Mr. Kothari is a leading voice at national, regional and international forums on human rights, especially economic, social and cultural rights. Mr. Kothari was appointed in September 2000 by the UN Commission on Human Rights as the Special Rapporteur on adequate housing. His mandate involves reporting annually to the Commission on the status throughout the world of the realisation of the rights that are related to the right to adequate housing, and identifying practical solutions and good practices towards this end. In addition, the Commission requested the Special Rapporteur to promote cooperation among and assistance to Governments in their efforts to secure these rights: apply a gender perspective in the work, and develop regular dialogue and collaboration with Governments, relevant UN bodies, specialised agencies, civil society and international financial institutions. An architect by training, Mr. Kothari, who resides in New Delhi, India, has extensive experience in the area of housing and land rights. He is the convener of the Habitat International Coalition’s Housing and Land Rights Network and is a founding member of the International NGO Committee on Human Rights in Trade and Investment INCHRITI. (full text).
Read: Call for plan to solve housing ‘crisis’ (in Australia), June 11, 2007.
Miloon Kothari – India
He says: “The creation of slums in Nairobi and other urban centres is a sign of lack of planning. It is shocking to see the scale of poverty across the country. When you look at the gross inequalities which have led to an apartheid situation in which a few people occupy the large portions of land and large populations live in small areas: a lot of it has come through political corruption. It is obviously a creation of two Kenyas, one with a lot of land and wealth, the other more dispossessed. The common thread should be how do you meet the needs of the most vulnerable people, and human rights should be the basic theme. If they want to discourage slums, they must take clear action against the shack-owner phenomenon and land mafia, which are connected with local authorities”. (full text of the interview).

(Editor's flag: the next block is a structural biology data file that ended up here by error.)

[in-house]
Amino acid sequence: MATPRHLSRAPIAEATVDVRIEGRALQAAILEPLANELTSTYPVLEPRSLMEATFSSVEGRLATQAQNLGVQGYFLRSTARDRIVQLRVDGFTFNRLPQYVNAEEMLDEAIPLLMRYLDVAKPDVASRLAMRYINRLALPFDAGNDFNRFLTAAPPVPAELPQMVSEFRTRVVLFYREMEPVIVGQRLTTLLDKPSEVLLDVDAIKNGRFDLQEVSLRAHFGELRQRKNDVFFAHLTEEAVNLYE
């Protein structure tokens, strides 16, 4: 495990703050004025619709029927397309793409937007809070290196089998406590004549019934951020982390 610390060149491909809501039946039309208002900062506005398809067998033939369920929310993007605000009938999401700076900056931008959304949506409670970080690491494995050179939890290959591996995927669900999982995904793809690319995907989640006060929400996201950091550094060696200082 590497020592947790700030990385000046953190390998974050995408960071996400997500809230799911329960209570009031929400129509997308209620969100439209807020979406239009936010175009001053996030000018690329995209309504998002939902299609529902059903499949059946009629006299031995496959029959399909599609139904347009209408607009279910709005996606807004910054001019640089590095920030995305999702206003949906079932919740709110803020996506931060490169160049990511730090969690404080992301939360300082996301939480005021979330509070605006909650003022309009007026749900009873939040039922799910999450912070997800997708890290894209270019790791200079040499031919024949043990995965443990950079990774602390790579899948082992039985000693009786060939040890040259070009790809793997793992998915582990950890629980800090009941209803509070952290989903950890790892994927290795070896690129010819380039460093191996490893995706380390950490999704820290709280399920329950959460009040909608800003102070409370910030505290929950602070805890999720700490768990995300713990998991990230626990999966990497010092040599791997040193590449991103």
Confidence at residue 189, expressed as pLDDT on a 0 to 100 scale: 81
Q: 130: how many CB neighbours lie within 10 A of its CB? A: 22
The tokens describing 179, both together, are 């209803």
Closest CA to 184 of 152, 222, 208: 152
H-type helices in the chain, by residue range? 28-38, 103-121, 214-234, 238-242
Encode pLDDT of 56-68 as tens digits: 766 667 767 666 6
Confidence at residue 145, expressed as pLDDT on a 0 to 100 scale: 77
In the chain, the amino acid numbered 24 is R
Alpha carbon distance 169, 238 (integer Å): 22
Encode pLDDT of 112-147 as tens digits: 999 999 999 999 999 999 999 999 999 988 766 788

(And he) said, his report on his mission to Australia was based on a very wide range of sources, and he did not think that these credible organizations could be dismissed as being interest groups. He stood by his conclusion that the continuing problem of homelessness in a developed country was deplorable and needed to be credibly addressed. He welcomed the efforts of Spain to tackle corruption and to protect vulnerable groups. (full text of all other UN rapporteurs).
Listen at his 5 (spanish) videos.
Read: Privatising human rights – the impact of globalisation on adequate housing, water and sanitation, by MILOON KOTHARI.
“The right to an adequate standard of living, including adequate food, clothing and housing”, has been widely recognised as an important human right in the Universal Declaration of Human Rights and the Covenant on Economic Social and Cultural Rights. The Covenant, as well as the Convention on the Elimination of All Forms of Discrimination against Women, also recognises that women and men have equal rights to an adequate standard of living, which includes the right to adequate housing. (full text).
Mr. Miloon Kothari (India) was appointed Special Rapporteur in September 2000, for a period of three years, following the Commission on Human Rights resolution 2000/9. An architect by training, Mr. Kothari has extensive experience in the area of housing rights. He is the convener of the Housing and Land Rights Committee of Habitat International Coalition and is an advisor to the Youth for Unity of Voluntary Action, India’s leading organization on housing rights. He has also worked actively to promote the realization of the whole range of economic, social and cultural rights. His mandate as Special Rapporteur includes: (full text).
THE United Nations Special Rapporteur on housing has condemned Australia for failing to implement the human right to adequate housing, warning that groups such as indigenous people and women are missing out on safe and affordable accommodation. During a trip around Australia last year — which took in Aboriginal communities, shelters for domestic violence victims and public housing — Miloon Kothari found “reductions in public housing stock, soaring private rental rates, an acknowledged housing affordability crisis and no real reduction in the number of homeless” … To this end, the Special Rapporteur encourages relevant government staff to visit and reside in indigenous communities, in order to better comprehend the reality and the challenges faced by the populations and communities in these locations. (full text), May 31, 2007.
The United Nations (UN) Special Rapporteur on Adequate Housing, Miloon Kothari has described the “non-response” by the African Union (AU) and Southern Africa to the “oppressive” Zimbabwean government as “shocking” and unhelpful”. The attack comes two years after the official launch of rendering homeless to over a million Zimbabweans, May 23, 2007. (full text).
Interview with Human Rights Special Rapporteur Miloon Kothari on Adequate Housing in Iran.
Fifth Session of Human Rights Council ? One Year Concludes, June 8, 2007;
Afghanistan: war crimes amnesty prepares further atrocities, May 30, 2007;